Optimism About the Economy Improves Among US CFOs, Finds BofA Merrill Survey
US financial executives are much more optimistic about the national economy than they were last fall, with nearly two-thirds expecting it to grow in 2012, but they remain cautious about the global economy, according to the Bank of America Merrill Lynch (BofA Merrill) Chief Financial Officer (CFO) Outlook survey.
Of 251 executives surveyed recently, 63% said they expected the US economy to expand this year, up significantly from 38% in the previous survey conducted in fall 2011. Only 4% expects the economy to decline, down from 11%. CFOs gave the current economy a score of 53 out of 100, up from 44 in the previous report. The global economy received a score of 47, up slightly from 43.
CFOs’ optimism extended to hiring, with 51% expecting their companies to add employees in 2012, up from 46%. Executives also increasingly forecast higher revenues and profits this year, according to the survey.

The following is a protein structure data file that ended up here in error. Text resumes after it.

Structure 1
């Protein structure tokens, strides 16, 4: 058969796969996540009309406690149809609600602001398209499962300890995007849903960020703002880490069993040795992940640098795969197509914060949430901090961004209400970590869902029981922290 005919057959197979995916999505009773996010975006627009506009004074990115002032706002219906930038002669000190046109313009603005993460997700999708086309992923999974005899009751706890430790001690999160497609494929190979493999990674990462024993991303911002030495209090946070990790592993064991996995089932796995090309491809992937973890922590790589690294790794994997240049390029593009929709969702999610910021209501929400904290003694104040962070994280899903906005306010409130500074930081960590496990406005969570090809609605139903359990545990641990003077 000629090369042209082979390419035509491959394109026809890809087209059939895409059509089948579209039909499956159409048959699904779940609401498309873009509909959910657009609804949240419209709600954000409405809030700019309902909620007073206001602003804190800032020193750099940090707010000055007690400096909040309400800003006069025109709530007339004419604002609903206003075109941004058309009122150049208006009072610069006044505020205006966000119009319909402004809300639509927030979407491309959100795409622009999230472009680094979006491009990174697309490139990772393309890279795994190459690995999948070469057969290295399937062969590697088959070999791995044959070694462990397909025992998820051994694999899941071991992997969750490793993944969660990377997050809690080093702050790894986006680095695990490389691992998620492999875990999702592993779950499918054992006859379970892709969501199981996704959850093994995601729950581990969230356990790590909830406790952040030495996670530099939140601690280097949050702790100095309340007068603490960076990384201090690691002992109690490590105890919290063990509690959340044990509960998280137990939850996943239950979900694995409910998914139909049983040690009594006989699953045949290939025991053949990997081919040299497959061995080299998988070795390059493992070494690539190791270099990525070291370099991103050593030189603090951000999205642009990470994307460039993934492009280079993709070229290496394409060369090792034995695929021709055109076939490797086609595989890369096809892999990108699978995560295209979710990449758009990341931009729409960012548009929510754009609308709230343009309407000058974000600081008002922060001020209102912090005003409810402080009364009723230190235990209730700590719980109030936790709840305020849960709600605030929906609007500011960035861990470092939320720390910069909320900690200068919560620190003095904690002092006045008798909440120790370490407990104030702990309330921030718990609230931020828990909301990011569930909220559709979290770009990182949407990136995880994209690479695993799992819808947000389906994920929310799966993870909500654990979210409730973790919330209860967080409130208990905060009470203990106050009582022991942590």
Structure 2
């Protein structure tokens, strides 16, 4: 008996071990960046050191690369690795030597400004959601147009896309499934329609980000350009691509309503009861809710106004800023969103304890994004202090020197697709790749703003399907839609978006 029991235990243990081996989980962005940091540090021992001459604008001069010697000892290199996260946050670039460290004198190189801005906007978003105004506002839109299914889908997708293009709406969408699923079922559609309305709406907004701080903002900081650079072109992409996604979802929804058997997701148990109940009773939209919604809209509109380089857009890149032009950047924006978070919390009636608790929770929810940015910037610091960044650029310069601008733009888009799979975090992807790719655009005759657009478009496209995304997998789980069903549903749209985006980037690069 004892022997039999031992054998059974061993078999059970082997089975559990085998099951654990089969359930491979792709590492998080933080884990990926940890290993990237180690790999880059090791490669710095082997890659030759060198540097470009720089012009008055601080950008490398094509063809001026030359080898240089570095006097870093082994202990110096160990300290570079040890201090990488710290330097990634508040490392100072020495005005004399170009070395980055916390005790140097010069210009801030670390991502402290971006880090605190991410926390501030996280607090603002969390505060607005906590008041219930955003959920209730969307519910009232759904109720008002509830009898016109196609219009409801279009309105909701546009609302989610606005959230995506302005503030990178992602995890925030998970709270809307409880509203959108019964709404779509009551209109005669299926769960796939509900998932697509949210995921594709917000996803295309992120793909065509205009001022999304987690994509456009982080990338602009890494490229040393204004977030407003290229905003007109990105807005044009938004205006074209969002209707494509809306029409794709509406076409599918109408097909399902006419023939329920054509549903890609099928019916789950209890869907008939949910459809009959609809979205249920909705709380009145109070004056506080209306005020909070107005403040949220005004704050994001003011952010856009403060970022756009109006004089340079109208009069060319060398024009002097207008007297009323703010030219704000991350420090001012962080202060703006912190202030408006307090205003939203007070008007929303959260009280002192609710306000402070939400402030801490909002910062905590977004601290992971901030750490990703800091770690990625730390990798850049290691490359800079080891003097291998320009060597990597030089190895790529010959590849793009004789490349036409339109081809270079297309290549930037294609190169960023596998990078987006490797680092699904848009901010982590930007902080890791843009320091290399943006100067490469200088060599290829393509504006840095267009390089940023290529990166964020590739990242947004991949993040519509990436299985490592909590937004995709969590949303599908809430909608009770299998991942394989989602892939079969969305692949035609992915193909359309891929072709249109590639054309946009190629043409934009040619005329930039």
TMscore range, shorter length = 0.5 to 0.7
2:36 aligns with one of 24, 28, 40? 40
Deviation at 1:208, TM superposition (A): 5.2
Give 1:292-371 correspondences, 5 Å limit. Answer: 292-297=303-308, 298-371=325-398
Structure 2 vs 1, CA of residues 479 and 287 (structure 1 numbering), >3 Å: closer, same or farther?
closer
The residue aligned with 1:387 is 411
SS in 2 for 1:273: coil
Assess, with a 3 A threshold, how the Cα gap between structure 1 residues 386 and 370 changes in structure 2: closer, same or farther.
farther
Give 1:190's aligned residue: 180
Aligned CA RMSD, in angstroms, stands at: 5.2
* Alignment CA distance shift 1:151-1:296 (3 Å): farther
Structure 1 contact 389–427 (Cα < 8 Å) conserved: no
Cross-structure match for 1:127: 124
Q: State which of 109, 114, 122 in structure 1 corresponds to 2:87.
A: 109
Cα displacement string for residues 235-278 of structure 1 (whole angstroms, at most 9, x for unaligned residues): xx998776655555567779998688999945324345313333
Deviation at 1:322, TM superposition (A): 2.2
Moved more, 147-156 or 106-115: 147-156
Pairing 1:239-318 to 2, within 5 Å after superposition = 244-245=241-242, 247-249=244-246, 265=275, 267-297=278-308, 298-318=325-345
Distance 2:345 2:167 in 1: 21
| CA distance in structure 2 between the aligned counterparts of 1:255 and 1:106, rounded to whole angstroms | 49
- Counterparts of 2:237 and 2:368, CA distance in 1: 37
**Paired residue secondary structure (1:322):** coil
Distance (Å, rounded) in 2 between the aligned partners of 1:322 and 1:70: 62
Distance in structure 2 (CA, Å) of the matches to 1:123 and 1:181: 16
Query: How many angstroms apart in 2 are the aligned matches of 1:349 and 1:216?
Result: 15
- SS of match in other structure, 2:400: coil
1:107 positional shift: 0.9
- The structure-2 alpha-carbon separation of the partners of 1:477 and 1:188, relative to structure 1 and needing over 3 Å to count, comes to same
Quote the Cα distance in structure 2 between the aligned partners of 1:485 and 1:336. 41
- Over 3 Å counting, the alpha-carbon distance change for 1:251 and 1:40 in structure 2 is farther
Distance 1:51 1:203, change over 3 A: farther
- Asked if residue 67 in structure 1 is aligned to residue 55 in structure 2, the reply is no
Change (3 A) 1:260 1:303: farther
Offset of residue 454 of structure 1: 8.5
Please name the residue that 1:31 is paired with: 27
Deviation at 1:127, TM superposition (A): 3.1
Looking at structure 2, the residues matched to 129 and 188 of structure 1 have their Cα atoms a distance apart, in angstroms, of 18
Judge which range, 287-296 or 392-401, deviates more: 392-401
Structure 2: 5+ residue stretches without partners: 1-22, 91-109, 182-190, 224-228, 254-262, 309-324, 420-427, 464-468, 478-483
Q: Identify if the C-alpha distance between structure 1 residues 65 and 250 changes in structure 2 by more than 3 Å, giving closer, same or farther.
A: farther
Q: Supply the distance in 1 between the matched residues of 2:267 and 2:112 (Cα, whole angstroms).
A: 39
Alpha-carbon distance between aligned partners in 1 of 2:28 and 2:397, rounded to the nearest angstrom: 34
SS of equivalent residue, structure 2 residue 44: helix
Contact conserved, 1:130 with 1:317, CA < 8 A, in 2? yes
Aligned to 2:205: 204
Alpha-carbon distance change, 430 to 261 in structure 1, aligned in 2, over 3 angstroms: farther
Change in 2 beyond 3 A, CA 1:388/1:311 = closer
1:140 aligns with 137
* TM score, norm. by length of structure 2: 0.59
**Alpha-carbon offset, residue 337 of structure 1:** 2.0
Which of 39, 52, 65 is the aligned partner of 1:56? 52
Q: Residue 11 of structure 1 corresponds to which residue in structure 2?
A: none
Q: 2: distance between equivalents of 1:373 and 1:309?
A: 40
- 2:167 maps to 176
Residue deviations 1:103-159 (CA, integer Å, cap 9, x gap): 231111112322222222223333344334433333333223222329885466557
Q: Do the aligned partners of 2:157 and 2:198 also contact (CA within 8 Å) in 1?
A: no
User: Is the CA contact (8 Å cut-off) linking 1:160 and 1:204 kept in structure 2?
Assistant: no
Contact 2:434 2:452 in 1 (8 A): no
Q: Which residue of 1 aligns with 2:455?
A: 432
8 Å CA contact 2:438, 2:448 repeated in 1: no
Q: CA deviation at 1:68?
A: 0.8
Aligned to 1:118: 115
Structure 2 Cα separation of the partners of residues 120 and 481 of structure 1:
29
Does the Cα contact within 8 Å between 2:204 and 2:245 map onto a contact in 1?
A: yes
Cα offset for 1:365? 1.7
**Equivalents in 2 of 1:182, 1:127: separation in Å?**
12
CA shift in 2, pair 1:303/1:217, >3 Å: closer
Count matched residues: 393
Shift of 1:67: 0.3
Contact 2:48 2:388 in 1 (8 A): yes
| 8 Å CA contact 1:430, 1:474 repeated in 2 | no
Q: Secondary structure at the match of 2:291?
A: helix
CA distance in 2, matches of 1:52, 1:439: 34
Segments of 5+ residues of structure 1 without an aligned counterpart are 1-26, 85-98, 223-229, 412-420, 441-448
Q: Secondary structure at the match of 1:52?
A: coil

“Although challenges remain, CFOs clearly feel better about the economy and opportunities for growth in 2012 than they did in late 2011,” said Laura Whitley, head of global commercial banking at BofA Merrill. “With more executives expecting increases in revenues, profits and personnel, it’s not surprising that optimism about the US economy as a whole is improving.”
As for barriers to business growth, government involvement was the most popular response, chosen by 37% of CFOs, followed by weak customer demand, domestic competition and operating costs. When executives were asked how the US government can encourage domestic business growth, the top response was simplify laws and regulations, chosen by 56% of CFOs, followed by change corporate tax policy, reduce the budget deficit, and offer tax credits or incentives.
Other notable in the survey include: